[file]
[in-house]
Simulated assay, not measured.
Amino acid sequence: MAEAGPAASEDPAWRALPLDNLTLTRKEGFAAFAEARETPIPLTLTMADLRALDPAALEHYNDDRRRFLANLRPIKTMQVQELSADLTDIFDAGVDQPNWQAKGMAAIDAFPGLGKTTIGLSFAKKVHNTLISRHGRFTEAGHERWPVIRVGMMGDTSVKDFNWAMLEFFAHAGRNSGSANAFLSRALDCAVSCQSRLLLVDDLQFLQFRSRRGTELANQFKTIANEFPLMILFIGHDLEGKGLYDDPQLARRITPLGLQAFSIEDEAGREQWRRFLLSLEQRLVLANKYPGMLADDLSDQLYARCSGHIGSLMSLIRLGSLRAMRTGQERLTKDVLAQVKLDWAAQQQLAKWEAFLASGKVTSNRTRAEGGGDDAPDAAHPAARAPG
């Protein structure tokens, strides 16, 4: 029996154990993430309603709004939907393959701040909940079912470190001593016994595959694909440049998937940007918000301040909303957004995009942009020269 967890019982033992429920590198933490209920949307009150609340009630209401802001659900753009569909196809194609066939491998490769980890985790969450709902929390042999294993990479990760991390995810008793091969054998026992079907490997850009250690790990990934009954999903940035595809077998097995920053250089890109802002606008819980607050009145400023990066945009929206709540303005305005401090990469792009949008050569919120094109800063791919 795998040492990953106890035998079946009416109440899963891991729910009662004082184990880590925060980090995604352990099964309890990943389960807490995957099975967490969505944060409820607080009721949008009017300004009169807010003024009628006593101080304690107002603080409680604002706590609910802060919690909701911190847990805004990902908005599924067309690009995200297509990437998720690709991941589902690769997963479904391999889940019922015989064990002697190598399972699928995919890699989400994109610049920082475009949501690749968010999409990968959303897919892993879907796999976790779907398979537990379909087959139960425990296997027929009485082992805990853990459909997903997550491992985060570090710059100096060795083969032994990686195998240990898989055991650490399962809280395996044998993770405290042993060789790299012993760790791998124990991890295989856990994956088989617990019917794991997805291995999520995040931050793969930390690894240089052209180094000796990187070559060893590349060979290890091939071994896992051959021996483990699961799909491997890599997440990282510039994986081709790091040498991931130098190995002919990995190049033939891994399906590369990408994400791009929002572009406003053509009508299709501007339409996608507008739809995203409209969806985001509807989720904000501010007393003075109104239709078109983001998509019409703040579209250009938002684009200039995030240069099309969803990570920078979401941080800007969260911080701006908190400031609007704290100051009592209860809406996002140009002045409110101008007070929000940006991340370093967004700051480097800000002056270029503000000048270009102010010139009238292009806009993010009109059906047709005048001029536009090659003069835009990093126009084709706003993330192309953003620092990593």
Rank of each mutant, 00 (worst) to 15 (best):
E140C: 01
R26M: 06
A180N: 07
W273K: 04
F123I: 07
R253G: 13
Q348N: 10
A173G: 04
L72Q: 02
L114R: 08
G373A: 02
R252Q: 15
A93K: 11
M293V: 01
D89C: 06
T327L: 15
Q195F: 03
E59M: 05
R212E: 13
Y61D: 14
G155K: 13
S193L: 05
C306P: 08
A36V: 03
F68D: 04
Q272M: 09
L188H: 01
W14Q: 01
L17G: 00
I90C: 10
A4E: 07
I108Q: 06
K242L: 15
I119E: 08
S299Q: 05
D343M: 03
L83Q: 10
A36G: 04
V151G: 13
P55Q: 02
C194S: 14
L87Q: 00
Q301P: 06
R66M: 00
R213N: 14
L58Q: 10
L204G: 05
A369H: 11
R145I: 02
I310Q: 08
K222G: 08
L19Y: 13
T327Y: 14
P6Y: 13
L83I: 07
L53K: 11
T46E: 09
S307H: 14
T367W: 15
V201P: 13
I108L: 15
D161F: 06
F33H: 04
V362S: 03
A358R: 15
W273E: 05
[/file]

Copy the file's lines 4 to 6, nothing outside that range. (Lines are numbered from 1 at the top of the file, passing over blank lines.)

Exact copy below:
């Protein structure tokens, strides 16, 4: 029996154990993430309603709004939907393959701040909940079912470190001593016994595959694909440049998937940007918000301040909303957004995009942009020269 967890019982033992429920590198933490209920949307009150609340009630209401802001659900753009569909196809194609066939491998490769980890985790969450709902929390042999294993990479990760991390995810008793091969054998026992079907490997850009250690790990990934009954999903940035595809077998097995920053250089890109802002606008819980607050009145400023990066945009929206709540303005305005401090990469792009949008050569919120094109800063791919 795998040492990953106890035998079946009416109440899963891991729910009662004082184990880590925060980090995604352990099964309890990943389960807490995957099975967490969505944060409820607080009721949008009017300004009169807010003024009628006593101080304690107002603080409680604002706590609910802060919690909701911190847990805004990902908005599924067309690009995200297509990437998720690709991941589902690769997963479904391999889940019922015989064990002697190598399972699928995919890699989400994109610049920082475009949501690749968010999409990968959303897919892993879907796999976790779907398979537990379909087959139960425990296997027929009485082992805990853990459909997903997550491992985060570090710059100096060795083969032994990686195998240990898989055991650490399962809280395996044998993770405290042993060789790299012993760790791998124990991890295989856990994956088989617990019917794991997805291995999520995040931050793969930390690894240089052209180094000796990187070559060893590349060979290890091939071994896992051959021996483990699961799909491997890599997440990282510039994986081709790091040498991931130098190995002919990995190049033939891994399906590369990408994400791009929002572009406003053509009508299709501007339409996608507008739809995203409209969806985001509807989720904000501010007393003075109104239709078109983001998509019409703040579209250009938002684009200039995030240069099309969803990570920078979401941080800007969260911080701006908190400031609007704290100051009592209860809406996002140009002045409110101008007070929000940006991340370093967004700051480097800000002056270029503000000048270009102010010139009238292009806009993010009109059906047709005048001029536009090659003069835009990093126009084709706003993330192309953003620092990593």
Rank of each mutant, 00 (worst) to 15 (best):
E140C: 01